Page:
A reflection on the last ten years


This week, my Twitter feed has been awash with #alevelresults – people finally getting that all important news after months of studying, stress and hard work. It got me thinking: how the hell has it been nearly 10 years since I walked through those Sports Hall doors at my college to be handed that non-descript brown envelope that held meaning for the next few years of my life?

10 years. It makes me lol and cringe and roll my eyes and shake my head all at the same time. I’m well aware that saying “where has the time gone” makes me sound old but it’s true…where has the time gone?!

It made me think about what’s been going on this past decade; what I’ve achieved, how I’ve changed, what I’ve accomplished and what I’ve been through.

There’s been joy and heartbreak; there’s been drunken nights at Shelleys (Horsham gang will know what I’m talking about) and quiet nights in front of Netflix; there’s been exams and new jobs and arguments and love and new friends and old friends.

10 years ago, I was a naive 17 year old, with not a care in the world other than where I’d next get my WKD and house party fix and “OMG does he fancy me or not?”. Fast forward a decade (a decade?!) and I can’t quite believe I’m now a mortgage-paying, home-owning, working 9-5 adult. How the heck did that happen?

Time is a funny thing: I can remember that day I picked up my A Level results like it was yesterday; the sweaty palms, the heart palpitations, the worries that I might end up doing something I hate for the rest of my life because my hard work didn’t quite pay off. And yet, life has thrown so much at me that that time also feels like a million years ago and that person back then, with the terrible highlights and not-so-great fashion sense, is like a totally different human being.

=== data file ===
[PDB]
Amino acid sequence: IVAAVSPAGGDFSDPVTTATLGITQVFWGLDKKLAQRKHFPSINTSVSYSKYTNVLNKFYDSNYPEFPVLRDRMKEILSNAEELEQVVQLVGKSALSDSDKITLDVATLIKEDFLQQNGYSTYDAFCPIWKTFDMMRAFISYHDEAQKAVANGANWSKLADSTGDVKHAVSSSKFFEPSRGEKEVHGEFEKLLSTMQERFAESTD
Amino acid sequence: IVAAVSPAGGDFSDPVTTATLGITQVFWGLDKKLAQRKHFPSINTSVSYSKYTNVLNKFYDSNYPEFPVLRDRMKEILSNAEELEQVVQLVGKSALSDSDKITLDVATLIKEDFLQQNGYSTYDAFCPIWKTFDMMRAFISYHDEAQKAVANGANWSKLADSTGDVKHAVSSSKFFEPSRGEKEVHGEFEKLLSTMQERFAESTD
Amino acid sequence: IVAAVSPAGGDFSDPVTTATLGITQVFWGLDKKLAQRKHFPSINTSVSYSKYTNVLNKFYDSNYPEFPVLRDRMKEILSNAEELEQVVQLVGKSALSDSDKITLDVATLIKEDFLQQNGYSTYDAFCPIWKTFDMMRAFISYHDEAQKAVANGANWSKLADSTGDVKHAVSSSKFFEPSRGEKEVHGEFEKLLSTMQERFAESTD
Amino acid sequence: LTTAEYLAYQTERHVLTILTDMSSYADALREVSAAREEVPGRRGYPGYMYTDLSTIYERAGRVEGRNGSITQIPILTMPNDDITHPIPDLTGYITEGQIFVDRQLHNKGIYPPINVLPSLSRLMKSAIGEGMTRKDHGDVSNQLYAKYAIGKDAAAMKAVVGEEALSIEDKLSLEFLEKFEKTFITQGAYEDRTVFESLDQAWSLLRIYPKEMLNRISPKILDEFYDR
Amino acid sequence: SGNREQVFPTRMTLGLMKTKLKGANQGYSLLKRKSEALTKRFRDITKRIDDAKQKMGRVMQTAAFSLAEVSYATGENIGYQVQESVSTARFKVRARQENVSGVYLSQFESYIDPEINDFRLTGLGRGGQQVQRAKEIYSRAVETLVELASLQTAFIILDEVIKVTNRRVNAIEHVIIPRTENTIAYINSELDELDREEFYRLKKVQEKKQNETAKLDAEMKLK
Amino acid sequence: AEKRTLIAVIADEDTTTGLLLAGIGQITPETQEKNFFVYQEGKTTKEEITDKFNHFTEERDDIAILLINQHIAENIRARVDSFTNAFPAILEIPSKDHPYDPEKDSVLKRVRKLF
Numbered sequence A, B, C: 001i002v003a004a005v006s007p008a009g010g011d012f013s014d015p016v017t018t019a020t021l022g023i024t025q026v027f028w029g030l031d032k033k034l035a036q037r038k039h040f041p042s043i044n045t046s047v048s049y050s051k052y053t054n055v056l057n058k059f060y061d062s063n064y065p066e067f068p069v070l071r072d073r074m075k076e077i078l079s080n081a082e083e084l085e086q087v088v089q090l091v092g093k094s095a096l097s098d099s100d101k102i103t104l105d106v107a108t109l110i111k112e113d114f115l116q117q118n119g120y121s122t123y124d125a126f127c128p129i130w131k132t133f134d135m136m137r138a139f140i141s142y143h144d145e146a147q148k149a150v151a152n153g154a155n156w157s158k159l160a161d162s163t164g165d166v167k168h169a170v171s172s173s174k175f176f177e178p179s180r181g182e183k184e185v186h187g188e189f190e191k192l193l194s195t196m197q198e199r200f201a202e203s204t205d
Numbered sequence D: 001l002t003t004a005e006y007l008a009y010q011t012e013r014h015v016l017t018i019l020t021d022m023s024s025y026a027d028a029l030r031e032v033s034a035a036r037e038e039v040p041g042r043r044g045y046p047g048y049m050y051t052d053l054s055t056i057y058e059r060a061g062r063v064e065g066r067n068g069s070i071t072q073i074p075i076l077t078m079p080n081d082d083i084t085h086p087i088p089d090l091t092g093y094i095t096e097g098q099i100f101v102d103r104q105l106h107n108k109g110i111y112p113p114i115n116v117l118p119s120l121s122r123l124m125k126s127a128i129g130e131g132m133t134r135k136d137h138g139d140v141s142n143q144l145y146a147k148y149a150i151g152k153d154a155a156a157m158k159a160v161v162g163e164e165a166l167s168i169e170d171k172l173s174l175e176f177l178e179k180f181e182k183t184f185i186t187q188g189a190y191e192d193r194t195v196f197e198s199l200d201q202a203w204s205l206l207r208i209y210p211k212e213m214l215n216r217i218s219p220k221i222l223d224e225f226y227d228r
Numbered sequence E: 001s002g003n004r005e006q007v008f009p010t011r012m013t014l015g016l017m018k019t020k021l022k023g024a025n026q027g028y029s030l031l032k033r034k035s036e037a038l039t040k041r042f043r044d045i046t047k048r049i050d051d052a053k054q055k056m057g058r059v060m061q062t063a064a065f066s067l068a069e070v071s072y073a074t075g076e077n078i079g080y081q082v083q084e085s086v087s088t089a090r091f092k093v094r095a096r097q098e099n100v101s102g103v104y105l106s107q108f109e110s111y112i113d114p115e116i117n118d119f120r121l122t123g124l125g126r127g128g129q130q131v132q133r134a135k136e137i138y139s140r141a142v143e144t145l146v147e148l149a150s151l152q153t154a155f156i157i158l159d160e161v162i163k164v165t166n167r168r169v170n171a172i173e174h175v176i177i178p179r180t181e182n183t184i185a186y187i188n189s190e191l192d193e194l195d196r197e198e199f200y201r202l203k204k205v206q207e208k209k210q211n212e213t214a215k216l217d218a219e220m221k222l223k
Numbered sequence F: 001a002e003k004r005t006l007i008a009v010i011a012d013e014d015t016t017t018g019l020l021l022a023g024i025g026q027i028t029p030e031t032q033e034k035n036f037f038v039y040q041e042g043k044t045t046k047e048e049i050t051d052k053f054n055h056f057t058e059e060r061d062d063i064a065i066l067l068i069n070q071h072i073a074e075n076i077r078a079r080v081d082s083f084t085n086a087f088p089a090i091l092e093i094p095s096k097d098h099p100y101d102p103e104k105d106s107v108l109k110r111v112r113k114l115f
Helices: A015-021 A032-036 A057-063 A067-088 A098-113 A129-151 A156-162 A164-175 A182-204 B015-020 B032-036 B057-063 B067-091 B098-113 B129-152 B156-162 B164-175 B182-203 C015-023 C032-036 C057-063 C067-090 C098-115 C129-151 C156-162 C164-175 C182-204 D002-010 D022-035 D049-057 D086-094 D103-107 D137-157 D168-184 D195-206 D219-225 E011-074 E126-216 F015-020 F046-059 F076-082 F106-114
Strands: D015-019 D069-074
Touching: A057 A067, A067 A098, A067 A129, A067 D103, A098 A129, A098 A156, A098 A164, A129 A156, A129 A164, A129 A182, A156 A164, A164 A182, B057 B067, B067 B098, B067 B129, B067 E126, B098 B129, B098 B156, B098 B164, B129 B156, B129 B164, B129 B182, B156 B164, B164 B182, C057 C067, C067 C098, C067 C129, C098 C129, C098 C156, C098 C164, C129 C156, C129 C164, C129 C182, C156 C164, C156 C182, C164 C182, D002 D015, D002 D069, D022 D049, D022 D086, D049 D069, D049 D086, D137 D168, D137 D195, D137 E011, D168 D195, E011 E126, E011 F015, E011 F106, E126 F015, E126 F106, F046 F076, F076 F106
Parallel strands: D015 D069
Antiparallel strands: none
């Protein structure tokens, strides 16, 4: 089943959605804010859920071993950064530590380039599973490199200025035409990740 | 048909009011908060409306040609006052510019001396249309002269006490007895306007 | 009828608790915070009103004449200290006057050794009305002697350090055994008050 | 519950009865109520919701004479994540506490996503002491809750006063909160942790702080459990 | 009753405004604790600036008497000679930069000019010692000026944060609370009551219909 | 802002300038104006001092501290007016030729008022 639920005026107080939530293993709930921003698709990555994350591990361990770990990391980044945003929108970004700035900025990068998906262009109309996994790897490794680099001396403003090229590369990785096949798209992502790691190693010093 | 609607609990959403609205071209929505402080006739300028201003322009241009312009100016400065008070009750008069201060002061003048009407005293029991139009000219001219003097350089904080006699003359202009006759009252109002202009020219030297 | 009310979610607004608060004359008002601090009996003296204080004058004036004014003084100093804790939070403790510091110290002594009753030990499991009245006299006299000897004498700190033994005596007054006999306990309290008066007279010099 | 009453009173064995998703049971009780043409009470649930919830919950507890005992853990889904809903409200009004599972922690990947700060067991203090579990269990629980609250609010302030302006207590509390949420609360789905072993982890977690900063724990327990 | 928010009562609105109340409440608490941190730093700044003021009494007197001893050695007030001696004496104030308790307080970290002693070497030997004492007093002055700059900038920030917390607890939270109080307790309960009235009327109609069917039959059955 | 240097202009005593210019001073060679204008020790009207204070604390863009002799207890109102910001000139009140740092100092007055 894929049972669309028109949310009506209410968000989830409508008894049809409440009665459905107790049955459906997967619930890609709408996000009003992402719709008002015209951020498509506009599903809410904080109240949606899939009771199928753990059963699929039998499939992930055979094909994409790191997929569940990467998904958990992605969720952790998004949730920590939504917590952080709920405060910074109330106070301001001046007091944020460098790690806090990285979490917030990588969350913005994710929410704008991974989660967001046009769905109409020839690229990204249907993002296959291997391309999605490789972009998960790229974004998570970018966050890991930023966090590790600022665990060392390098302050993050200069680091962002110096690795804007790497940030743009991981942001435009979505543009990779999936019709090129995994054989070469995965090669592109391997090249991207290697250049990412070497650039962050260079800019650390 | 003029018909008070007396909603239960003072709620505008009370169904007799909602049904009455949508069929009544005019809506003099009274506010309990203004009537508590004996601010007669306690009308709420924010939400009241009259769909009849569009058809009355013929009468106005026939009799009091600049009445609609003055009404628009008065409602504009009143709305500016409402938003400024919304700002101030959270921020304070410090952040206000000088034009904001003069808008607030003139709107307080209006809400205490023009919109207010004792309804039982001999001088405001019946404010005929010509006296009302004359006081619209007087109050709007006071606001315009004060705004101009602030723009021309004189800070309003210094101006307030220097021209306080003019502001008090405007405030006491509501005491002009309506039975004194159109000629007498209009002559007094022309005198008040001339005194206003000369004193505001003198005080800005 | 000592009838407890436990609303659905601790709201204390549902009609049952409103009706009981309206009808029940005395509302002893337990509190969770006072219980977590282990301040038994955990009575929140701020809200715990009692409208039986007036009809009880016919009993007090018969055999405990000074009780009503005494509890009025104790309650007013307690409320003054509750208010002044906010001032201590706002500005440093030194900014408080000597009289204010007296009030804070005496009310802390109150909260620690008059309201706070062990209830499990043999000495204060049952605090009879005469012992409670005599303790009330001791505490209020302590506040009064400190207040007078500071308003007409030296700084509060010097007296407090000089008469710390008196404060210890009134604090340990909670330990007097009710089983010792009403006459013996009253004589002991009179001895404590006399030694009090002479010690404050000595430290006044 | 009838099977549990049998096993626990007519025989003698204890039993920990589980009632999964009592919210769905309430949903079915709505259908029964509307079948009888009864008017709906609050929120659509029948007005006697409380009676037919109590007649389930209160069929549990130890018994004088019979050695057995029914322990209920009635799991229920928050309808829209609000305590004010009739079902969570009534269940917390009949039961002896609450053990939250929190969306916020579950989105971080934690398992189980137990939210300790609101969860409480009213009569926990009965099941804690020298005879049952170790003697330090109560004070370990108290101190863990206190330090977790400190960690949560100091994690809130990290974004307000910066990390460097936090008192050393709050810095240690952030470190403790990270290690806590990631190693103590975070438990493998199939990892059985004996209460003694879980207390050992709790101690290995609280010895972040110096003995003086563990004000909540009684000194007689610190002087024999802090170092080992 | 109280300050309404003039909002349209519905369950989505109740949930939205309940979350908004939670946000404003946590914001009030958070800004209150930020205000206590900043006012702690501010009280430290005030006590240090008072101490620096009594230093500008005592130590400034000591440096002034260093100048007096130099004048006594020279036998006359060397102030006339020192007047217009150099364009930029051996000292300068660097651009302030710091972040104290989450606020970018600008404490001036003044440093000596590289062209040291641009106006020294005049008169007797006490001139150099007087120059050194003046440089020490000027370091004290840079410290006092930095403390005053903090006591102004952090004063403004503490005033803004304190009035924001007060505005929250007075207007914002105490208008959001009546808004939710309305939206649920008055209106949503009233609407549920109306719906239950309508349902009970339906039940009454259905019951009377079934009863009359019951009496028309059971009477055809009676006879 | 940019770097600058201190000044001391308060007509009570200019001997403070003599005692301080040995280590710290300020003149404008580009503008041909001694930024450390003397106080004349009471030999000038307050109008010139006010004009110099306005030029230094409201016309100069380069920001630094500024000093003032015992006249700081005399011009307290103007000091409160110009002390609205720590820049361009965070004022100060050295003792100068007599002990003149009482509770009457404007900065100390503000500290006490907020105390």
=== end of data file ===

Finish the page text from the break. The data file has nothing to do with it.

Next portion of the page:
The biggest life lesson I’ve learnt over the past 10 years is this: “cherish what is now”. It’s a lesson I’ve not taken seriously enough in all honesty. I wish I had made more of those easy teenage days, those boozy uni nights weeks, those early days of my relationship. Because soon enough, you realise that years have gone by and that time has well and truly been and gone.

It’s not all bad: I’m undoubtedly a stronger, more educated, more sensible person now than back then. In certain areas of my life I’ve gone backwards – my confidence and my positivity for sure – but I think that’s part and parcel of growing up and having to take on a whole lot more responsibility and worry and adultness. In other areas, I’ve leaped and bounded. I’m proud that I have a strong career behind me. I’m proud that I have a relationship with a man who is my absolute soulmate. I’m proud that I’m still best mates with some of my school friendsĀ and that I’ve made new best friends who I love more than anything.

Life is a funny, complicated adventure. I wonder where I’ll be in the next 10 years?

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